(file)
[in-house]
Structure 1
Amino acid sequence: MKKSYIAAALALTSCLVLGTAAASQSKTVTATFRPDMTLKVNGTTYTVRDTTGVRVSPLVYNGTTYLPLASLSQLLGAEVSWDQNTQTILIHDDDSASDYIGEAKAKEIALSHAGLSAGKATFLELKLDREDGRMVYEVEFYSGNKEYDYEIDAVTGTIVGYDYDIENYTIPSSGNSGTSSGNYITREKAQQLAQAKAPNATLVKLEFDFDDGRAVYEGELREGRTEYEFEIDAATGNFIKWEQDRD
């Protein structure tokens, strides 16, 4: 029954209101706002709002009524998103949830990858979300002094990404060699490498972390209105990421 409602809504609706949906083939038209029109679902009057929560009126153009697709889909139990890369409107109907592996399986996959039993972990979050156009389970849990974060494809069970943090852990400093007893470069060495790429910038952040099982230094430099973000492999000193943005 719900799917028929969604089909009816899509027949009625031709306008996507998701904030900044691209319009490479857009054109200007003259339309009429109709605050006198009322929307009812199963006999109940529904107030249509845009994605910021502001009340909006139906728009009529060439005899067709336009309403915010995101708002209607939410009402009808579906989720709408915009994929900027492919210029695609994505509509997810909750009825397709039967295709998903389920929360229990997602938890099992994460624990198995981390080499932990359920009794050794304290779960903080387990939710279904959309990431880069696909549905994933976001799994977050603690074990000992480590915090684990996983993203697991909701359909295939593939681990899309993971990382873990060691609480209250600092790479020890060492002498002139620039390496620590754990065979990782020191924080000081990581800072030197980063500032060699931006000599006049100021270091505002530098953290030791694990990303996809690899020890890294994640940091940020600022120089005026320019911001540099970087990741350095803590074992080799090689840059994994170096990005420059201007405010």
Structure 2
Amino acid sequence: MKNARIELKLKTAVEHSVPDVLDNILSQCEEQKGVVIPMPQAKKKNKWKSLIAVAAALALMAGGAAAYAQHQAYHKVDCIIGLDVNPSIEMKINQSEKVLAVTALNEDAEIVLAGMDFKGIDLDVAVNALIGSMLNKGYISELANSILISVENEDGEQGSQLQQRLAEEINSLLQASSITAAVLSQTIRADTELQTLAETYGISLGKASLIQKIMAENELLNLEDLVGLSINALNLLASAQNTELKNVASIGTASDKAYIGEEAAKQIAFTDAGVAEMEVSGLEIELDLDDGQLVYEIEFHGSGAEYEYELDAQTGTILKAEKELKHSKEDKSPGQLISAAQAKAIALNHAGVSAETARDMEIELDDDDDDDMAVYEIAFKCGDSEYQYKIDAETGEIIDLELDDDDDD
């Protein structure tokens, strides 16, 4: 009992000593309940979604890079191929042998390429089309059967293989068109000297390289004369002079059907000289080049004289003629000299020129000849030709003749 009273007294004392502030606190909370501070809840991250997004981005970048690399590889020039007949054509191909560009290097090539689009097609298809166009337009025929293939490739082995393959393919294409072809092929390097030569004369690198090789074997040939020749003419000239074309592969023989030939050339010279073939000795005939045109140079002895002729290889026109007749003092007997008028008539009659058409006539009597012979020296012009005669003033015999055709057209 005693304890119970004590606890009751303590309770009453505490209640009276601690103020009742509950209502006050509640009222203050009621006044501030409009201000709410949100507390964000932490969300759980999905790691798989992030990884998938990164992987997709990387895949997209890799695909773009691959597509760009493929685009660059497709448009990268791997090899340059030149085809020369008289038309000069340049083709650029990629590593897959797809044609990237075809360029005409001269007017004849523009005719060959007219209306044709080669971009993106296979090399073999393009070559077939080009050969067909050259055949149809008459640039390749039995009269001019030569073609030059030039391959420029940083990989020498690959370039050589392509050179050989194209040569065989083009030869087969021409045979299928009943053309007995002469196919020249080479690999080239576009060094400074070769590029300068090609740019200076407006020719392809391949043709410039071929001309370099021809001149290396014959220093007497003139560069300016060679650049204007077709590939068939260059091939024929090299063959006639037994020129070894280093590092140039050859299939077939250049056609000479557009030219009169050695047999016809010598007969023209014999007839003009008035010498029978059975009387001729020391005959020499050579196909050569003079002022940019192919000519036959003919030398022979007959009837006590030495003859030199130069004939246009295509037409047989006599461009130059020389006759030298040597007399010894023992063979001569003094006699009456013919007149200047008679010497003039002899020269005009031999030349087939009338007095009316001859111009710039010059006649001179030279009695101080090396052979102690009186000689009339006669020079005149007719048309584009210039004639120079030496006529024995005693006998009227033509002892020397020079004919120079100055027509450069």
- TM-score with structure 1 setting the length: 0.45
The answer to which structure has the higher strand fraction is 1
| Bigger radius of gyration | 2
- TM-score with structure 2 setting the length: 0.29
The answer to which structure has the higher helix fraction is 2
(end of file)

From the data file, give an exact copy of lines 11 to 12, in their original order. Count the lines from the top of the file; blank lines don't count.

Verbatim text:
- TM-score with structure 2 setting the length: 0.29
The answer to which structure has the higher helix fraction is 2